|Publication number||US7647342 B2|
|Application number||US 10/551,083|
|Publication date||Jan 12, 2010|
|Filing date||Mar 4, 2004|
|Priority date||Mar 28, 2003|
|Also published as||CN1768344A, CN1768344B, EP1609108A1, EP1609108A4, US20060218183, WO2004095345A1|
|Publication number||10551083, 551083, PCT/2004/6672, PCT/US/2004/006672, PCT/US/2004/06672, PCT/US/4/006672, PCT/US/4/06672, PCT/US2004/006672, PCT/US2004/06672, PCT/US2004006672, PCT/US200406672, PCT/US4/006672, PCT/US4/06672, PCT/US4006672, PCT/US406672, US 7647342 B2, US 7647342B2, US-B2-7647342, US7647342 B2, US7647342B2|
|Inventors||Matthew Albert Ivey, John Robert Naylor, James Edward Pearce|
|Original Assignee||Thomson Licensing|
|Export Citation||BiBTeX, EndNote, RefMan|
|Patent Citations (11), Non-Patent Citations (1), Classifications (12), Legal Events (4)|
|External Links: USPTO, USPTO Assignment, Espacenet|
This application claims the benefit, under 35 U.S.C. § 365 of International Application PCT/US2004/06672, filed Mar. 4, 2004, which was published in accordance with PCT Article 21(2) on Nov. 4, 2004 in English and which claims the benefit of U.S. provisional patent application No. 60/458,653, filed Mar. 28, 2003.
The present invention relates to automatically generating a slate and, more particularly, to a system and method for automatically generating a slate using metadata stored on a media server.
In order to manage large collections of media assets such as video and audio data, segments of such media assets are associated with metadata to enable the retrieval of such data from, for example, a media server in which the data is stored. The metadata that is associated with such data typically provides information about the data such as the data's elements or attributes (e.g., name, size, type), records or structures (e.g., length, fields, columns) and data about the data (e.g., where it is located, how it is associated, ownership).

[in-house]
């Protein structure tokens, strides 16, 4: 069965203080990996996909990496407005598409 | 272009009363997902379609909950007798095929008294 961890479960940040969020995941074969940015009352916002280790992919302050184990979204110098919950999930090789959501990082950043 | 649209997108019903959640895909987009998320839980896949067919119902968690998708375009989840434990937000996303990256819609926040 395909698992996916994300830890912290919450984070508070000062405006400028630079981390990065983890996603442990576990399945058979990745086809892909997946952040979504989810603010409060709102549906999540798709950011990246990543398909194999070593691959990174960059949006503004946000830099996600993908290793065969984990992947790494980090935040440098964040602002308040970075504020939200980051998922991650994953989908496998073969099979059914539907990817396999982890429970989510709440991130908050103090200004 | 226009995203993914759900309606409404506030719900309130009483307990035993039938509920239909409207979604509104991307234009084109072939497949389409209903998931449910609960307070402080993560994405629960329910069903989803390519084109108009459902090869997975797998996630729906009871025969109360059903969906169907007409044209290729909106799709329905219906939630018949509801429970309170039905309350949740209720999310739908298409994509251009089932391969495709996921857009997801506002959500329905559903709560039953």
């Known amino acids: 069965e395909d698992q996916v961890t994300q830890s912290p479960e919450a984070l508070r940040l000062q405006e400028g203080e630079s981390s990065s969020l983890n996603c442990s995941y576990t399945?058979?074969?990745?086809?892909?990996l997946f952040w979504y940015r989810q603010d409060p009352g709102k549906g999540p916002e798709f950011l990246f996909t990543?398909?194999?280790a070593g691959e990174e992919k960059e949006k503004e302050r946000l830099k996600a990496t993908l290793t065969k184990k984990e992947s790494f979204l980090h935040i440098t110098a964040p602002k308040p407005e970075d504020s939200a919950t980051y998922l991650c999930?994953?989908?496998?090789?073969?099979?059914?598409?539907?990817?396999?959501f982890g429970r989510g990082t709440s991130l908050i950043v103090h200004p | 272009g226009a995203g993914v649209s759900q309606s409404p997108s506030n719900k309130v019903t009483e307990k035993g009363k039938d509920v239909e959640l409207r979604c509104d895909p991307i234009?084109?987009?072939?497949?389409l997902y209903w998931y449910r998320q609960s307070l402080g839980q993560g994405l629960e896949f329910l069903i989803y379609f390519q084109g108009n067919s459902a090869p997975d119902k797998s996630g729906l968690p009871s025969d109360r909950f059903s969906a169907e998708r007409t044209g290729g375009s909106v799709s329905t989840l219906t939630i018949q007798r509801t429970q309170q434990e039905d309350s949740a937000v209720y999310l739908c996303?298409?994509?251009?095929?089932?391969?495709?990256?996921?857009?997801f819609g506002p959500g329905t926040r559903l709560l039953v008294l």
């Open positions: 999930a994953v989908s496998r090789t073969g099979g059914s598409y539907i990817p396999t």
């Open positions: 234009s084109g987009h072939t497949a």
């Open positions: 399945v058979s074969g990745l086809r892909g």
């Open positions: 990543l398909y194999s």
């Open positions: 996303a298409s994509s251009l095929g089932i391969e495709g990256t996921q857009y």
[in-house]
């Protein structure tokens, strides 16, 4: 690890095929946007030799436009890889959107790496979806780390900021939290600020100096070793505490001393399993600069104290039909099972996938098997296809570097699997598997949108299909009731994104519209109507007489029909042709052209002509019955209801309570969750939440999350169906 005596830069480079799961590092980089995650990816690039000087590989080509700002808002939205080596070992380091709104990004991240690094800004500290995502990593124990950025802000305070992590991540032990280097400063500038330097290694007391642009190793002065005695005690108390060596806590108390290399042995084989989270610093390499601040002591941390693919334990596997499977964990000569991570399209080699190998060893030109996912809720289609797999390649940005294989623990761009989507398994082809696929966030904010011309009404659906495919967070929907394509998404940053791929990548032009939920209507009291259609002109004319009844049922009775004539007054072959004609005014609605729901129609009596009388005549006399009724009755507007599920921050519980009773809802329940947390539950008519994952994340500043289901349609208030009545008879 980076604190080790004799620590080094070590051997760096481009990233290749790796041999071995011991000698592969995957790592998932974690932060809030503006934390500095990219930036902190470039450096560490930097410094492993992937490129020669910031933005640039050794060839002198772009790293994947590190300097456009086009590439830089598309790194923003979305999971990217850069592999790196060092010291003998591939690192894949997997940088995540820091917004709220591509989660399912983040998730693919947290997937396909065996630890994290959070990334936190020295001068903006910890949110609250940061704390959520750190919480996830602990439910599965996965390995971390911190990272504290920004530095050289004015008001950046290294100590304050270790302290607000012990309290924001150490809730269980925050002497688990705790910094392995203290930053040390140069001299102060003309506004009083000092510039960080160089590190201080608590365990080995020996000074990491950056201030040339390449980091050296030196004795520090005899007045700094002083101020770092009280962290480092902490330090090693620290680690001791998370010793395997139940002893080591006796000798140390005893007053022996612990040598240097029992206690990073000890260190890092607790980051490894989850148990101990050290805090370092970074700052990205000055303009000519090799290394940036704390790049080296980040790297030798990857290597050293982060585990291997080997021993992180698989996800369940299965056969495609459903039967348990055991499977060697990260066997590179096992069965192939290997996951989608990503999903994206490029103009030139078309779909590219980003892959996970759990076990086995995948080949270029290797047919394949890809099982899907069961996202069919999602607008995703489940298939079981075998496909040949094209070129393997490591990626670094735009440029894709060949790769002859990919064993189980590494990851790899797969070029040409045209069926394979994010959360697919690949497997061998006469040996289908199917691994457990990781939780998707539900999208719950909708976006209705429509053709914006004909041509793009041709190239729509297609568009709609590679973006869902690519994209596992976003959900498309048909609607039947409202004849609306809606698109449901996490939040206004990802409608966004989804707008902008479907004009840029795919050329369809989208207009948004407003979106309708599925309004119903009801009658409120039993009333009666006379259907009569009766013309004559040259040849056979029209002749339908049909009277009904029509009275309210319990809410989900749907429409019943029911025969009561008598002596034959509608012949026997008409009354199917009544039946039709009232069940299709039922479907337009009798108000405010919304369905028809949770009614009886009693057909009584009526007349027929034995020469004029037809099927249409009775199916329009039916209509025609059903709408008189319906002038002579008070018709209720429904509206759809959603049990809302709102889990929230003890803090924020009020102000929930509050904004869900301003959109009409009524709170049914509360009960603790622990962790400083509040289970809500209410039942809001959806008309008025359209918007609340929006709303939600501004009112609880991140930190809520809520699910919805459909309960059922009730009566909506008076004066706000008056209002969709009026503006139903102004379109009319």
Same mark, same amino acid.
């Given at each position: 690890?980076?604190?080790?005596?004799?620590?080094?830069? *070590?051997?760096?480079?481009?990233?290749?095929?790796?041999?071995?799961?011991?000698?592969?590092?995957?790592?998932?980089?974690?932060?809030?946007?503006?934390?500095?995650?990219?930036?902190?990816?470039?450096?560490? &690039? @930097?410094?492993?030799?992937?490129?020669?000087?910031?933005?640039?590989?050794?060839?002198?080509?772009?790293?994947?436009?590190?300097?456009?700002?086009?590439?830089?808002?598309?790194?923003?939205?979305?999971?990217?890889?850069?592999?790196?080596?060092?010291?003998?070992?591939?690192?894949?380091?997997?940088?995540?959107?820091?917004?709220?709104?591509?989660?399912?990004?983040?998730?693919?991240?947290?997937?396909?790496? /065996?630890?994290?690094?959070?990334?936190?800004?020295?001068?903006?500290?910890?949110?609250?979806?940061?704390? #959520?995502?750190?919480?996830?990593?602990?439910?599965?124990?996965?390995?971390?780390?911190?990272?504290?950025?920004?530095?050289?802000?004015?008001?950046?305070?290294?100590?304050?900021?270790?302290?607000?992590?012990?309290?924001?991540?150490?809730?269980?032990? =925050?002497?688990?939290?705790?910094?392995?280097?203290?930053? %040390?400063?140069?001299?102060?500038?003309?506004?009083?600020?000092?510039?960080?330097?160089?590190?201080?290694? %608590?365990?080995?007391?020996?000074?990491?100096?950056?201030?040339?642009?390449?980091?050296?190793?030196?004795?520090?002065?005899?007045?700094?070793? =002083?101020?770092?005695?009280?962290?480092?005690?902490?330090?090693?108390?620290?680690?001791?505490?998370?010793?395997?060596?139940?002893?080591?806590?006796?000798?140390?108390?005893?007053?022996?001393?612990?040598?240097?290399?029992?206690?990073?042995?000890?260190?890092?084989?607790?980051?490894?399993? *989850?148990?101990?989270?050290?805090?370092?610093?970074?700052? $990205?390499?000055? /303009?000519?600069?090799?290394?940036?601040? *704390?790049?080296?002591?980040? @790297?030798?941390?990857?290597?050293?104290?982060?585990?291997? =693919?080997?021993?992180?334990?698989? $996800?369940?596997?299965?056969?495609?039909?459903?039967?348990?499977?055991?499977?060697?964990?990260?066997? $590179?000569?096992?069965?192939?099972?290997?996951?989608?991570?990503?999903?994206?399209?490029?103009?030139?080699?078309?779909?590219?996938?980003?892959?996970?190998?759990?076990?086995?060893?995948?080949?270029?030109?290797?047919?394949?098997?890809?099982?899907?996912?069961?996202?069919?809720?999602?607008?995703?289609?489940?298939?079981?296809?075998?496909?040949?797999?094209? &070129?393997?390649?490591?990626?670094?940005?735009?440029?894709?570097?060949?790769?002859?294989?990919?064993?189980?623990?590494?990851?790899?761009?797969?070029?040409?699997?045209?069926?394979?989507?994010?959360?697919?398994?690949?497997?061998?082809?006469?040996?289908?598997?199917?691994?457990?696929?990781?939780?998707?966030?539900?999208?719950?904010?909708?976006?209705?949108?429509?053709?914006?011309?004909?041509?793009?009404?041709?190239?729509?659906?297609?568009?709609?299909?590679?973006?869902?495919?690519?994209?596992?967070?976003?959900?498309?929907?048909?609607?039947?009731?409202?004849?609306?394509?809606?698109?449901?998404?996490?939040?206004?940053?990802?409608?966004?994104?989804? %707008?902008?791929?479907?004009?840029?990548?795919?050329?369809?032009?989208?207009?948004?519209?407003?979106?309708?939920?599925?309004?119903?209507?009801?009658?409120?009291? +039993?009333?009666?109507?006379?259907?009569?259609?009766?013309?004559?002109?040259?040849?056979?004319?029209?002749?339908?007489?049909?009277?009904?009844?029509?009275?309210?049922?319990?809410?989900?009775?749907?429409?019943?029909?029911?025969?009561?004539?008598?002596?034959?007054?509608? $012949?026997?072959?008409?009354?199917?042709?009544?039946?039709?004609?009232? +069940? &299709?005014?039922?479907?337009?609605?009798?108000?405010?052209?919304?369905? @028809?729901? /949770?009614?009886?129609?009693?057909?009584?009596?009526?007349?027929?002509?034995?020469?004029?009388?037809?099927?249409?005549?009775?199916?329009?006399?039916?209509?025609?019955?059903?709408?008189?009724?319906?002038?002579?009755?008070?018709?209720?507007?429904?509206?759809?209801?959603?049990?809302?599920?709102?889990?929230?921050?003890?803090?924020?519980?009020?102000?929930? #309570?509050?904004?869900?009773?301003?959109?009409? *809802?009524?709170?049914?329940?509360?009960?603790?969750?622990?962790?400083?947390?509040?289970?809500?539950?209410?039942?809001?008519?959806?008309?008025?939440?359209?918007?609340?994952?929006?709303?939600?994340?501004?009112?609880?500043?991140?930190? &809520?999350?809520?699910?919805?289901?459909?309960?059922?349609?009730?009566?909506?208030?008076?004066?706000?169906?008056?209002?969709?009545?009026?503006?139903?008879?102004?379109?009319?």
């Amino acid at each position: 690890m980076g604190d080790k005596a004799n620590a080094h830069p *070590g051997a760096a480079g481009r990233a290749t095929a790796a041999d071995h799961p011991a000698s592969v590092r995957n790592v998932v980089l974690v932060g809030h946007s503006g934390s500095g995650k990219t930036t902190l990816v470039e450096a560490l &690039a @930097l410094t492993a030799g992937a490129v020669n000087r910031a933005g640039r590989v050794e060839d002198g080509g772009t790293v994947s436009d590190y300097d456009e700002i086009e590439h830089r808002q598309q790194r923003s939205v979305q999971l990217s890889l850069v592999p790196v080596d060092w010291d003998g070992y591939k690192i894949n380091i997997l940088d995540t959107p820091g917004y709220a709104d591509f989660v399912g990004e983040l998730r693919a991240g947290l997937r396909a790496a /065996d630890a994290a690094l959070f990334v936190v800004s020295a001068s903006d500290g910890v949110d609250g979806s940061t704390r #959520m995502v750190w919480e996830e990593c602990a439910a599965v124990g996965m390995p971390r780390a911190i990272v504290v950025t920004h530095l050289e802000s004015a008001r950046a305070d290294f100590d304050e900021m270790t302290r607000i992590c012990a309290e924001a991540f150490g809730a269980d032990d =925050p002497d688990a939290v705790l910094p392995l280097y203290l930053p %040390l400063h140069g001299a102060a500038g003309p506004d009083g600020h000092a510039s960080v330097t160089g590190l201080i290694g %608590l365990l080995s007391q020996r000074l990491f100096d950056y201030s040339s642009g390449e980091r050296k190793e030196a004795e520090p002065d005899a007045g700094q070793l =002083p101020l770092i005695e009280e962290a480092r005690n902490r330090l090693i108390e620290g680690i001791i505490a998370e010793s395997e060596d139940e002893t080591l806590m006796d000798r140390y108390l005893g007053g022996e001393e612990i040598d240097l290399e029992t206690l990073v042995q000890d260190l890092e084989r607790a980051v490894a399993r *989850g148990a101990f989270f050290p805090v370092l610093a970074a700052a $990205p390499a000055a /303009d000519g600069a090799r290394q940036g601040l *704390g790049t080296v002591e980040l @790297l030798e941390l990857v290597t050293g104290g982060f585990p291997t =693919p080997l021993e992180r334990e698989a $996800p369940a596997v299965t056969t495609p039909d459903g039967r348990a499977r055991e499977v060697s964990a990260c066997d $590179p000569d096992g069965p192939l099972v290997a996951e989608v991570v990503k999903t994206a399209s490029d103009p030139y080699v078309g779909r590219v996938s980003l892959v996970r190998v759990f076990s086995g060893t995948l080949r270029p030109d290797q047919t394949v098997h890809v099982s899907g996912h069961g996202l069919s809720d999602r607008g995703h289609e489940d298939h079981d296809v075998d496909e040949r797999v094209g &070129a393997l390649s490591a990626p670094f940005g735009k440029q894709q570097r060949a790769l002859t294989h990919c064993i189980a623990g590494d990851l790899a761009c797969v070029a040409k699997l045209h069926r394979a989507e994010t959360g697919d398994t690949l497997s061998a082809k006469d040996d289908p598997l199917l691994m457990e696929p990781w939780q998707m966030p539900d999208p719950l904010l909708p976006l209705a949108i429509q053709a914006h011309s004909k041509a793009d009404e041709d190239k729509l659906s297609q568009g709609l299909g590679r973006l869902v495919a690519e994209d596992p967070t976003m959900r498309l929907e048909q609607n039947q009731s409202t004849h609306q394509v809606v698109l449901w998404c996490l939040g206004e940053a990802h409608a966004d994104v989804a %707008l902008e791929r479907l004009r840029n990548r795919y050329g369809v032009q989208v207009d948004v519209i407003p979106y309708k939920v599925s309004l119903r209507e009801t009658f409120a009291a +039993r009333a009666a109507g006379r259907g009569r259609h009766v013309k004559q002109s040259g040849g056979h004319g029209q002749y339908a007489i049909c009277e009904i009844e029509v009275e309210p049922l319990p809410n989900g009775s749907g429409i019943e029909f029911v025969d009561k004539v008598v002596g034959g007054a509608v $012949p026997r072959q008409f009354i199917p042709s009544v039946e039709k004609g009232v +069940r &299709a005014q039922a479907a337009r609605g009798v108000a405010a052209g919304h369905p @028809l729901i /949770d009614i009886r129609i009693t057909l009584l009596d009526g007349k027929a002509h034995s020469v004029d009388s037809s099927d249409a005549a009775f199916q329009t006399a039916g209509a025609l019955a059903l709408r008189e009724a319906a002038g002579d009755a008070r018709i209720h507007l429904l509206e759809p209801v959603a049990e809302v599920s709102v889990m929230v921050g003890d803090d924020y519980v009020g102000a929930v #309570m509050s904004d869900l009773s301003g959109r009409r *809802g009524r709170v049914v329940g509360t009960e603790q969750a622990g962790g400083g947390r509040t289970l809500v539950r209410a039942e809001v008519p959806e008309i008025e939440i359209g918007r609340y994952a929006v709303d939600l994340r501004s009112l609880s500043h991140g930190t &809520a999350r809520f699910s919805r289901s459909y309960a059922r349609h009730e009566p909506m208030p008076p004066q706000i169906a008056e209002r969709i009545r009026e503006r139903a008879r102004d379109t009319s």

In order to acquire information provided by the metadata about a desired video based media asset such as a video media asset, a user can query the media server for this information. This information, although helpful, is not typically viewed in conjunction with the video media asset. To view this information in conjunction with the video media asset a slate can be created, which includes information about the video media asset, to appear prior to viewing the video media asset. The information on the slate, however, must be entered manually by a user in a time consuming process. In addition, the production of a slate requires expensive video equipment such as a character generator and a time code generator, etc.
Accordingly, there is a need for a system and method for automatically generating a slate in a short period of time at a relatively inexpensive cost.
These and other drawbacks and disadvantages of the prior art are addressed by a system and method for automatically generating a slate using metadata. A system and corresponding methods are provided for enabling the automatic generation of a slate using metadata.